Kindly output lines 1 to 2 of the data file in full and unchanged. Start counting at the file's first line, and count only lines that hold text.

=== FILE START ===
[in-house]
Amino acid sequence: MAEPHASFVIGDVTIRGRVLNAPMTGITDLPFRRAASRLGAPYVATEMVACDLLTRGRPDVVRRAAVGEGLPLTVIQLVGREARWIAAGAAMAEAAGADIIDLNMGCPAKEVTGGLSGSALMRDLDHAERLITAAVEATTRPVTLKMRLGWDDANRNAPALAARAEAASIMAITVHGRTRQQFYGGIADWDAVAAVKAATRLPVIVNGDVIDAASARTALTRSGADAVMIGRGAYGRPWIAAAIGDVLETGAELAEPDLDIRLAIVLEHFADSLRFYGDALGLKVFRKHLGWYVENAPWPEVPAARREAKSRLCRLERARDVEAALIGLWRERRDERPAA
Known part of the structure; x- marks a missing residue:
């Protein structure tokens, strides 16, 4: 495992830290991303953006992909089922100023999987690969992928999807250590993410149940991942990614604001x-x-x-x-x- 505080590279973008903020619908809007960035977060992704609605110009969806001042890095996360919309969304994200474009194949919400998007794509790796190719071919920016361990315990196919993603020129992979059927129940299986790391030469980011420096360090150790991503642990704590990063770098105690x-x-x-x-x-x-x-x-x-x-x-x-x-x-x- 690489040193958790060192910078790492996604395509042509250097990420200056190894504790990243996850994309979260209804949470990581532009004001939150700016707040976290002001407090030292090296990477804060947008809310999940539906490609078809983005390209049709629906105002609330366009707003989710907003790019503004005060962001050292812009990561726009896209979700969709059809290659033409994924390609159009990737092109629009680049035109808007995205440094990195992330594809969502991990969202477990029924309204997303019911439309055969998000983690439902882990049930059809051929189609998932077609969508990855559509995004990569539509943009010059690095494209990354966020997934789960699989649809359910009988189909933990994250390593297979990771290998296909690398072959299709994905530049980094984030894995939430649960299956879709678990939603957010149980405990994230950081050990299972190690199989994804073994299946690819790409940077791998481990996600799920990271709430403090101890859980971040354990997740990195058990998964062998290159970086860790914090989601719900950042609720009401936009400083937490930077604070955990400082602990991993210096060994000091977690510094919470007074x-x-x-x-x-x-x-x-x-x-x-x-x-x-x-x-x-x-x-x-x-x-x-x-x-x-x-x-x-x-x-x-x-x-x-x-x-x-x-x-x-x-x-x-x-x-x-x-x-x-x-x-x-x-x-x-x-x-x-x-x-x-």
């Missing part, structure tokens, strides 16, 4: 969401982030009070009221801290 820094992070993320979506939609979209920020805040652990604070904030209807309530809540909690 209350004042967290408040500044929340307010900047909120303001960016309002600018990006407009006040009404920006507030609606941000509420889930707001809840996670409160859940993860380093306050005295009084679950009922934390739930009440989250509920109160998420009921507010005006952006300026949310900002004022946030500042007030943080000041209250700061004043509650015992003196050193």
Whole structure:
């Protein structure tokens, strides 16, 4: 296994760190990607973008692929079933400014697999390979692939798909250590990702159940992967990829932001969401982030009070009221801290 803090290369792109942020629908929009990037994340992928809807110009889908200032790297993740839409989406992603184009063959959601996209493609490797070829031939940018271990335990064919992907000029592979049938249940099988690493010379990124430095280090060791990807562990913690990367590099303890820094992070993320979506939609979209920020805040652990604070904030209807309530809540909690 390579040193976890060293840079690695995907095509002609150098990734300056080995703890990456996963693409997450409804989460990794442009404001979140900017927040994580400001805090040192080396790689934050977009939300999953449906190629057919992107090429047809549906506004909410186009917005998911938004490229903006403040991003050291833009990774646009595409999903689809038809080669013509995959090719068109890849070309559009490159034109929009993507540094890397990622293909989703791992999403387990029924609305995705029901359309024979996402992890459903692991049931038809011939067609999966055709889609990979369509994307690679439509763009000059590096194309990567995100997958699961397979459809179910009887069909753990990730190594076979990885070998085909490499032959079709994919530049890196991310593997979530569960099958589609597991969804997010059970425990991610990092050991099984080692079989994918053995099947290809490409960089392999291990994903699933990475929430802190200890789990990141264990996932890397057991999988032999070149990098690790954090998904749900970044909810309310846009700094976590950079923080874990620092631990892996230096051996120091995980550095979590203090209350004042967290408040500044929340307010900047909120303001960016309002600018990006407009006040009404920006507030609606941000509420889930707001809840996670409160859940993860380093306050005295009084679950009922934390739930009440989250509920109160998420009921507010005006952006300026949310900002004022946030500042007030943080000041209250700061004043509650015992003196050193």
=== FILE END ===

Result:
[in-house]
Amino acid sequence: MAEPHASFVIGDVTIRGRVLNAPMTGITDLPFRRAASRLGAPYVATEMVACDLLTRGRPDVVRRAAVGEGLPLTVIQLVGREARWIAAGAAMAEAAGADIIDLNMGCPAKEVTGGLSGSALMRDLDHAERLITAAVEATTRPVTLKMRLGWDDANRNAPALAARAEAASIMAITVHGRTRQQFYGGIADWDAVAAVKAATRLPVIVNGDVIDAASARTALTRSGADAVMIGRGAYGRPWIAAAIGDVLETGAELAEPDLDIRLAIVLEHFADSLRFYGDALGLKVFRKHLGWYVENAPWPEVPAARREAKSRLCRLERARDVEAALIGLWRERRDERPAA